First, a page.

Bone is the most common site of metastases in men with advanced prostate cancer, one of the most prevalent cancers in the United States and the second leading cause of cancer death after lung cancer.1–3 The median survival from diagnosis of bone metastases is 30–40 months.2 During this time, skeletal-related events (SREs), including pathologic fractures, surgery or radiation to the bone, spinal cord compression, or hypercalcemia of malignancy, can occur. SREs are associated with considerable morbidity, impaired health-related quality of life, reduced survival, and increased costs.4–10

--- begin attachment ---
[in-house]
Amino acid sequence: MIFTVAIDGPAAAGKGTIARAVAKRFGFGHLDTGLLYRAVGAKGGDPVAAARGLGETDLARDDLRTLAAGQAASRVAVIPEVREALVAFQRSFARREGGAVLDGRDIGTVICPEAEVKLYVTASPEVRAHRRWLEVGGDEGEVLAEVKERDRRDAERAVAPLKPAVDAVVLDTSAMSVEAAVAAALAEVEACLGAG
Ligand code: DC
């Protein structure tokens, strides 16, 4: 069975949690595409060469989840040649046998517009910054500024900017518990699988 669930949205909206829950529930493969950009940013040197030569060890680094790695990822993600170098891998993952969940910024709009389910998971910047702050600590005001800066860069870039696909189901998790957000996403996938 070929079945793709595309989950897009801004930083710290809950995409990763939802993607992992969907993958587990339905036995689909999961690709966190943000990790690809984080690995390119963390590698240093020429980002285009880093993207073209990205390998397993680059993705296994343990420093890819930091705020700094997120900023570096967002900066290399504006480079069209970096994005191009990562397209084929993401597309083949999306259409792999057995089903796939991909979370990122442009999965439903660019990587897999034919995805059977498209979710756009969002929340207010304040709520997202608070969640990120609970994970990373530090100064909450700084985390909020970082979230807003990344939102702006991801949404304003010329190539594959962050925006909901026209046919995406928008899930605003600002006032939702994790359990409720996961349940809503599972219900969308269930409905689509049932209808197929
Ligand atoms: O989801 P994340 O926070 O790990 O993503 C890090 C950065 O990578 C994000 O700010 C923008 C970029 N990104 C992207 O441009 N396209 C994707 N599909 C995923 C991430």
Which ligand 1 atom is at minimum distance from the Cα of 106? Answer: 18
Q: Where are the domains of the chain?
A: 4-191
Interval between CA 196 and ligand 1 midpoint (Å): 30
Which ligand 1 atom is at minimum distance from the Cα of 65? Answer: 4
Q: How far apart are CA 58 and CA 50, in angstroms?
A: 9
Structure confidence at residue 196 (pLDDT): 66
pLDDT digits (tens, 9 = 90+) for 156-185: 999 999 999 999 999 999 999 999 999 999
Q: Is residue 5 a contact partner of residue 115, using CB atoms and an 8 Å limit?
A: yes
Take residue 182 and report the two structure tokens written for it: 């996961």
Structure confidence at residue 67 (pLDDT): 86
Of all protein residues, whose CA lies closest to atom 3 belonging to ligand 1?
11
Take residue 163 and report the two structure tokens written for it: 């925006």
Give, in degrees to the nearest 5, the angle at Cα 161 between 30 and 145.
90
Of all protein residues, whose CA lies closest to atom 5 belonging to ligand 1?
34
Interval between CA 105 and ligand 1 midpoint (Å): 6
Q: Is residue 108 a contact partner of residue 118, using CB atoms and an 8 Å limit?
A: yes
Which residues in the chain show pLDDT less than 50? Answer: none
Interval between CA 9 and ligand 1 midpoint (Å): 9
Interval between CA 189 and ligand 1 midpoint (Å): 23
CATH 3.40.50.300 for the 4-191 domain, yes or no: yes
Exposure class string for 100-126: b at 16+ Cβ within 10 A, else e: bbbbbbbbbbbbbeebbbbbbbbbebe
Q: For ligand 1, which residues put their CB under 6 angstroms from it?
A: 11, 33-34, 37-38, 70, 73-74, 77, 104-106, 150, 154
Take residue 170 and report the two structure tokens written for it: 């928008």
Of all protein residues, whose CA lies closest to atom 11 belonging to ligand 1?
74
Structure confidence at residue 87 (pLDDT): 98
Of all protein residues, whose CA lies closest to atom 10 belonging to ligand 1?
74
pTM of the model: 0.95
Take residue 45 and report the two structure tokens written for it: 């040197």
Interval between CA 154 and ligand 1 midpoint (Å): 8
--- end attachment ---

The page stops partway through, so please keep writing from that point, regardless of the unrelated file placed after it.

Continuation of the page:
Although studies have examined the impact of SREs on costs in patients with advanced cancers and bone metastases,5–9,11 the effects of bone metastases without SREs on healthcare costs in prostate cancer patients have not been studied. The magnitude of these costs may be important in economic evaluations of treatments to prevent or delay bone metastases in prostate cancer patients. The objective of this study was to estimate the effects on healthcare costs of bone metastases in the presence and absence of SREs in men with prostate cancer who were receiving hormonal therapy.
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